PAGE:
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 Bob Young, the author of “That’s What It’s All About: Life Lessons from the Hokey Pokey,” poses with his newly released book at his home in Farmington Hills May 16.

Bob Young, the author of “That’s What It’s All About: Life Lessons from the Hokey Pokey,” poses with his newly released book at his home in Farmington Hills May 16.

Photo by Jonathan Shead

Farmington Hills man writes self-help book based on ‘The Hokey Pokey’

By: Jonathan Shead | Farmington Press | Published May 28, 2019


FARMINGTON HILLS — What started as a simple joke with his friend about the song “The Hokey Pokey” quickly became a profound revelation prompting Farmington Hills resident Bob Young, the chief data architect for Superior Analytics,  to write a self-help book about overcoming fear, healing relationships, facing obstacles, seizing opportunities and more.

As Young and his friend sat around a campfire one November 2018 evening, listening to members of nearby campsites sing karaoke to “The Hokey Pokey,” Young jokingly asked, “What if that’s what it’s all about?”

Before he could finish his sentence, the entire outline of Young’s new book, “That’s What It’s All About: Life Lessons from the Hokey Pokey,” emerged. He pulled out his iPhone and started dictating this thoughts.

Young, who admittedly hates the song, knew that despite this he couldn’t ignore what he said was a divine calling, what he said was a need to follow his muse.

“The big difference was how much was revealed to me in that moment. That’s what blew me away,” he said. “That’s why I knew I can’t ignore this. I have to write this. I don’t know why. All I know is that it was given to me, and it’s my task.”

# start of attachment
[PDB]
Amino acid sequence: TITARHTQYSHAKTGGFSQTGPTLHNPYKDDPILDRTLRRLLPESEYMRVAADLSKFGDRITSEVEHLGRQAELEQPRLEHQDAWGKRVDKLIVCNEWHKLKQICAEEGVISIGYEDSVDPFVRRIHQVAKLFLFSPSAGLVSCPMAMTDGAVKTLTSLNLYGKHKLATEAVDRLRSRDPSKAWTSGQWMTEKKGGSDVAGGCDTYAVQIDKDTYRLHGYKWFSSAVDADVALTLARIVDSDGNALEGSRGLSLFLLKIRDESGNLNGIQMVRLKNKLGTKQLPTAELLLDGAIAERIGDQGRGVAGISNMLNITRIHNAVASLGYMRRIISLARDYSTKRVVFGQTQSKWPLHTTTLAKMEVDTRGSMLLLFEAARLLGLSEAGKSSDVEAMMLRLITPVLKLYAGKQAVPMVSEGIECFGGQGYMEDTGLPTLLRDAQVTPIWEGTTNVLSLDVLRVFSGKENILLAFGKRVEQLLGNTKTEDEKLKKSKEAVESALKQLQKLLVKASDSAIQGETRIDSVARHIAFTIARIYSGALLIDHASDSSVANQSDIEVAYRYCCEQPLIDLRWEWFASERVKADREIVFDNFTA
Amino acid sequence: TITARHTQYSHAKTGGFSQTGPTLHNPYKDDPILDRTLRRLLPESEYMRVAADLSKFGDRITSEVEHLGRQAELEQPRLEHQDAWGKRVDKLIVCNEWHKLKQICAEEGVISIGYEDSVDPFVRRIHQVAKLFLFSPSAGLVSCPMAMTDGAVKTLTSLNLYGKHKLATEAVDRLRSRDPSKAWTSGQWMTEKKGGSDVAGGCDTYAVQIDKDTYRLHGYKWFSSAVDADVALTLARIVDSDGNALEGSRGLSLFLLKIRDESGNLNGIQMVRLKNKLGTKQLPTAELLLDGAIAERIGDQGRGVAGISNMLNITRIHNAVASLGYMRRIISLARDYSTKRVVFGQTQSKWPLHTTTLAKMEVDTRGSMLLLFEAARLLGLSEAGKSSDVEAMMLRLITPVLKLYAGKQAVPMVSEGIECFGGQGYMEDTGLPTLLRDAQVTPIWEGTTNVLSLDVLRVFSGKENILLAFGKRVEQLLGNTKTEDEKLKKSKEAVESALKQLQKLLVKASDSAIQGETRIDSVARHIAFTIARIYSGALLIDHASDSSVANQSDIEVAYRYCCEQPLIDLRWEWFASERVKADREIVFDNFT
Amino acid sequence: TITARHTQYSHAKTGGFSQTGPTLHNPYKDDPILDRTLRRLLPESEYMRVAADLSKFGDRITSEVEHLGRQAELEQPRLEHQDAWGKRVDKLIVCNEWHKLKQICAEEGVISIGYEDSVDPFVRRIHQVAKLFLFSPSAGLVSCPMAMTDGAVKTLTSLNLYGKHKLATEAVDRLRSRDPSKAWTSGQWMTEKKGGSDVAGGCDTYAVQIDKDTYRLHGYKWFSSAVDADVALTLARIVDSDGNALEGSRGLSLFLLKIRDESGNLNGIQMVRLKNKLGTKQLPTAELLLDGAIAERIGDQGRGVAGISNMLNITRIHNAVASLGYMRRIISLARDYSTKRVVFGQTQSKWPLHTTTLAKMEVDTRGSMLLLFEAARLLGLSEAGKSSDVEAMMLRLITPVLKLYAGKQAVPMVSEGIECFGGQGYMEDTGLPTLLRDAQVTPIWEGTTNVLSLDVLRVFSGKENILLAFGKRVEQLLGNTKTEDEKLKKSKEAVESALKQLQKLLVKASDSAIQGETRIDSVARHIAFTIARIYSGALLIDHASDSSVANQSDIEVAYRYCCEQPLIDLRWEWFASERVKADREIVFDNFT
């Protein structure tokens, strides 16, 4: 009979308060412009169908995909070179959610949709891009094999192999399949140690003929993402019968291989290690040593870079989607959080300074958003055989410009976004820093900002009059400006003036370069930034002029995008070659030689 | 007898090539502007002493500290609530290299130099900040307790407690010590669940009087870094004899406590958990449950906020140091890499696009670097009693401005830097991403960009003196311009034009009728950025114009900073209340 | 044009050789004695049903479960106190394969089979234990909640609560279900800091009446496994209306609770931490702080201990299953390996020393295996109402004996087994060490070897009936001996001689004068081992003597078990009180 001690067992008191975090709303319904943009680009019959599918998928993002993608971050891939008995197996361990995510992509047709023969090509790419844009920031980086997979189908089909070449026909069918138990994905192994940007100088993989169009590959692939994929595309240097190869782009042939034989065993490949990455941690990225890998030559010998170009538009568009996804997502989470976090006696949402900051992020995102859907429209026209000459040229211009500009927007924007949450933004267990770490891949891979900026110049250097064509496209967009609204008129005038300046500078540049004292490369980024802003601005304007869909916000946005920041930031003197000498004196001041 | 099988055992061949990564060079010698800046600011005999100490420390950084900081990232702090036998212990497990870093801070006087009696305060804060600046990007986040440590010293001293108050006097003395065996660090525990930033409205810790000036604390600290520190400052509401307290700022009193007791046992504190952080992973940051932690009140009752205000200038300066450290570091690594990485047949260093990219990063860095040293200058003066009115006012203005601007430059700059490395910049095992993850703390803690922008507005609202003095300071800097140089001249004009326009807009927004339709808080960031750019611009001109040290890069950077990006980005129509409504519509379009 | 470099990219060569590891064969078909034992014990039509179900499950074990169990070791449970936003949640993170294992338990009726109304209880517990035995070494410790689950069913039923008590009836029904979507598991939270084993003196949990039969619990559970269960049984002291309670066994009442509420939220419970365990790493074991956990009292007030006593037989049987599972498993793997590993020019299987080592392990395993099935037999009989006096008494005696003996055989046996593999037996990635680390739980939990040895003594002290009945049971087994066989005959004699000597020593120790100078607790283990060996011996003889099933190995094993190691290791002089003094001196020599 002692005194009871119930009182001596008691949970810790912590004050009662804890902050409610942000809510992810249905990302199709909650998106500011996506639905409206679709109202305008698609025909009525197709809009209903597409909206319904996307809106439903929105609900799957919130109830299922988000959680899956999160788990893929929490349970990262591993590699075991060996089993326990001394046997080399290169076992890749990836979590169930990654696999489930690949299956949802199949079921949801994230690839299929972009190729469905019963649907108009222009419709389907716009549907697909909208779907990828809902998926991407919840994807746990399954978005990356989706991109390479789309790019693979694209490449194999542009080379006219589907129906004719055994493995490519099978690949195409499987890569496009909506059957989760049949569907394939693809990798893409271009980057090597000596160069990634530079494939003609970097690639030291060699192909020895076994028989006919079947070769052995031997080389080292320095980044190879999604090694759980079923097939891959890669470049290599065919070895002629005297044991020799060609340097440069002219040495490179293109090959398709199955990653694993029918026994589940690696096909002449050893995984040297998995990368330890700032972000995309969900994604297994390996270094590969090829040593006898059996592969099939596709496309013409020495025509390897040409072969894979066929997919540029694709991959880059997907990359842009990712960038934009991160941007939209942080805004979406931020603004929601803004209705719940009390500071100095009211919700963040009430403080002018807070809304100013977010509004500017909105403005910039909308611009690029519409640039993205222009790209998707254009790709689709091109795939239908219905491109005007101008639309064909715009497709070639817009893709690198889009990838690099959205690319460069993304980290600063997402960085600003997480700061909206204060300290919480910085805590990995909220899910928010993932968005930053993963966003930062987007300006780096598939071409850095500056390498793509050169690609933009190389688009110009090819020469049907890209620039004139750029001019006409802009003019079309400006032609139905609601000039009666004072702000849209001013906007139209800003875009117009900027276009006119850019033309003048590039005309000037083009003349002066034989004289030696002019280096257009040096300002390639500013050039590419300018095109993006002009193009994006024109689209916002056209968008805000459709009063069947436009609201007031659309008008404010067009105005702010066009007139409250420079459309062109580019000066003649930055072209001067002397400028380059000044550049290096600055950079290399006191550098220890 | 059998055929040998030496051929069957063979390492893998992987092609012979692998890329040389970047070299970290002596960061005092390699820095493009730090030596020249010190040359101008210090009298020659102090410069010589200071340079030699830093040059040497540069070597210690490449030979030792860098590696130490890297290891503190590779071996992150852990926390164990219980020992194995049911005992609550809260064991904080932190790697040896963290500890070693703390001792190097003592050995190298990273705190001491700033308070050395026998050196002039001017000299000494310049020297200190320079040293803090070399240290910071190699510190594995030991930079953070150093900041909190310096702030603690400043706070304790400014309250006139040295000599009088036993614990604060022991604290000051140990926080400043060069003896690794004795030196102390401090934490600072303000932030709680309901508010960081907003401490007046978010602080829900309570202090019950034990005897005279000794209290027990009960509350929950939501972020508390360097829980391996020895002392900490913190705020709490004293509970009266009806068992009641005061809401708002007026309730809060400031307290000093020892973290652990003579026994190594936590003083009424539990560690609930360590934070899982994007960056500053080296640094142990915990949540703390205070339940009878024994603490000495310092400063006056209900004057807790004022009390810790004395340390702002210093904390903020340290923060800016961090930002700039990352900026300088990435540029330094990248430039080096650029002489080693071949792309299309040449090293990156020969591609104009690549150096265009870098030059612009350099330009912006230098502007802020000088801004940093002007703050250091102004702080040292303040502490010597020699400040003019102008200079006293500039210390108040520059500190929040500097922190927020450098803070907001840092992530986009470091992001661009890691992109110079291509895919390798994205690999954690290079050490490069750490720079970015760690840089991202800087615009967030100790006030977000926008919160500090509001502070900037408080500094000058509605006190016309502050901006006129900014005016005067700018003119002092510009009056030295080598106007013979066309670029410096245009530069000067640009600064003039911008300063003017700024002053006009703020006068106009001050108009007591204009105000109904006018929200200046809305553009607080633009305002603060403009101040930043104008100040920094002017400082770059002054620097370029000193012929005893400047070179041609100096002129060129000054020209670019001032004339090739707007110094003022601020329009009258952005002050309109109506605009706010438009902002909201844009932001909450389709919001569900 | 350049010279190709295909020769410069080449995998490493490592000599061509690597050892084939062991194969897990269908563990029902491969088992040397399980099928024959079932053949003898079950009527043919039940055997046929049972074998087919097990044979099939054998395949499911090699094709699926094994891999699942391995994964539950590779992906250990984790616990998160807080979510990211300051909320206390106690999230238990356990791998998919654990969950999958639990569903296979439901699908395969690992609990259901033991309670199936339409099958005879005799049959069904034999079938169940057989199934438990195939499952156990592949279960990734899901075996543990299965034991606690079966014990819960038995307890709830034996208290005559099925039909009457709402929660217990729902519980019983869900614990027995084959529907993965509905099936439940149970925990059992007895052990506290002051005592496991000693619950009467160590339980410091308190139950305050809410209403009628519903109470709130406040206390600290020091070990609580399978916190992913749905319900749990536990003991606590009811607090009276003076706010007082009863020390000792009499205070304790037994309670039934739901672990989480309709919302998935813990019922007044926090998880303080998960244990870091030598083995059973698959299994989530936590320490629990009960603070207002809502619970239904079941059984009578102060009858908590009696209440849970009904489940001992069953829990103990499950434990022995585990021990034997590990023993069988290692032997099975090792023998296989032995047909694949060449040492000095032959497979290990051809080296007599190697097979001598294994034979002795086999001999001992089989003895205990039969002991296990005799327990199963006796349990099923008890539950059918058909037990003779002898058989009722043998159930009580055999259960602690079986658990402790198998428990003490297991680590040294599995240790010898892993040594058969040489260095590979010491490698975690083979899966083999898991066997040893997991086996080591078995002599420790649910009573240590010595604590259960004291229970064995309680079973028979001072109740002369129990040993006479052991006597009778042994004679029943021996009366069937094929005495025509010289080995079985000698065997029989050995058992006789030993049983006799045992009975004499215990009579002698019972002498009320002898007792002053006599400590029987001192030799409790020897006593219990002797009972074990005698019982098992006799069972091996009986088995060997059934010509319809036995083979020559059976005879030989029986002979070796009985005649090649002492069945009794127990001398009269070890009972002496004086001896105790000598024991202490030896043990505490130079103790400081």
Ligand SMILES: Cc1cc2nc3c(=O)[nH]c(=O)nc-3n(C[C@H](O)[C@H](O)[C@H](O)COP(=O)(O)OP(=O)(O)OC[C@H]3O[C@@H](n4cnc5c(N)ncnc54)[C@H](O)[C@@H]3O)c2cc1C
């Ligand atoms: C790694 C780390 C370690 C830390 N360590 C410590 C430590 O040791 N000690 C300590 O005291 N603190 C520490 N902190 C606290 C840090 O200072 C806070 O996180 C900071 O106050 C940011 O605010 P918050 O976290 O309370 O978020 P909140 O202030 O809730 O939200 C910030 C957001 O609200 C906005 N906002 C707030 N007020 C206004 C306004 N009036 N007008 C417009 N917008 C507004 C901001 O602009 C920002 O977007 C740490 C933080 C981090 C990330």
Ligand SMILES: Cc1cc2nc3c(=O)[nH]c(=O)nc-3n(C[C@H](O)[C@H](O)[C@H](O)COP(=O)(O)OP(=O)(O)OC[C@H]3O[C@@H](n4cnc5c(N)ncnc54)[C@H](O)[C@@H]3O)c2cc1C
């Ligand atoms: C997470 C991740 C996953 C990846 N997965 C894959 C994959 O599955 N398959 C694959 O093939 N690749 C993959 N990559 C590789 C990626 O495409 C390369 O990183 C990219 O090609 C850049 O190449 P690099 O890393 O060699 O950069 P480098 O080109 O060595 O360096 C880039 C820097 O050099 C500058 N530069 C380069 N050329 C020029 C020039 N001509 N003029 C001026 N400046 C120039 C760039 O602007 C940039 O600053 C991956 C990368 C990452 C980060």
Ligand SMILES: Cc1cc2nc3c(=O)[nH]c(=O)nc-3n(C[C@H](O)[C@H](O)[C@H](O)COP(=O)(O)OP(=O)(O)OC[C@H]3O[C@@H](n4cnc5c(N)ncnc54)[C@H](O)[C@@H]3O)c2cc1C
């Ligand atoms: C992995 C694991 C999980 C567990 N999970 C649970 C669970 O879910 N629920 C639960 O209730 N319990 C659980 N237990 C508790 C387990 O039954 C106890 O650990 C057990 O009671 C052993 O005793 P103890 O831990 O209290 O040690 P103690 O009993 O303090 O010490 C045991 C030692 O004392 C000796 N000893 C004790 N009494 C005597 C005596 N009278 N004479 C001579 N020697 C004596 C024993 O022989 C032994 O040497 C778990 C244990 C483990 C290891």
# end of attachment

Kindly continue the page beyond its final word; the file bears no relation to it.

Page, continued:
Over the next three to four months, Young spent time each day writing one page of his book, and no more than that. He knew that by doing so he wouldn’t overextend his inspiration and would avoid possible burnout, though he admits that some days it was hard to subdue his passion to keep writing.

As he chronicled what each of the body parts involved in the song’s dance means to him philosophically, he started connecting the dots to deeper meanings and how they could be applied to a person’s everyday life. The biggest takeaway he found, he said, is about building confidence.

“It’s (in) essence a progression of confidence and investment with the body parts,” he said. “How much was I really going to put in? Am I really going to put my whole self in? You normally don’t go directly to putting your whole self in, but then the moves also had an impact on that.”

Young said that, like the dance, a person first puts in one piece at a time, but they also need to, at times, take their whole self out in order to find a balance in life. Finding that balance, he said, allows you to “shake it all about” — give it your all — in whatever you may be working toward.

Walled Lake resident Kelly LoGuidice said reading the book has helped her gain a new outlook on life and to build better relationships.

“I have a friend who’s been going through a tough time lately, and reading the book helped with looking at the different ways I can help him,” she said. “Using the right-hand technique goes about how you can put your dominant hand in — put your secure side in — but sometimes you have to put your nondominant side in, which means you have to take a risk.”

Young admits that while he felt compelled to write this book, in reality he probably hasn’t written anything profound, and overall it’s somewhat of a funny concept for a book, but that’s why he feels his book is actually accessible and has the potential to help people.

“I don’t feel like I’ve written anything earth-shaking. I don’t feel like this is the best self-improvement book ever by anyone,” he said. “It’s another one, but it’s convenient because you kind of already know it — you just don’t know you know it. That, to me, I think, could have a big impact on people.”

Beyond helping people improve their lives, Young isn’t exactly sure where this book will take him next or how big it will become. He hopes it may lead him to do some public speaking and seminars, that it will be translated into 100 or more languages, and that people who read it will continue to pass it on to others in need of the lessons found printed within the pages.

Overall, Jay Johnson, a partner at Coeus Creative Group who’s worked with Young on marketing his book, believes the book can “help some people to maybe take that first step toward what they want in their life.”

For more information about “That’s What It’s All About: Life Lessons from the Hokey Pokey” or to purchase a copy, visit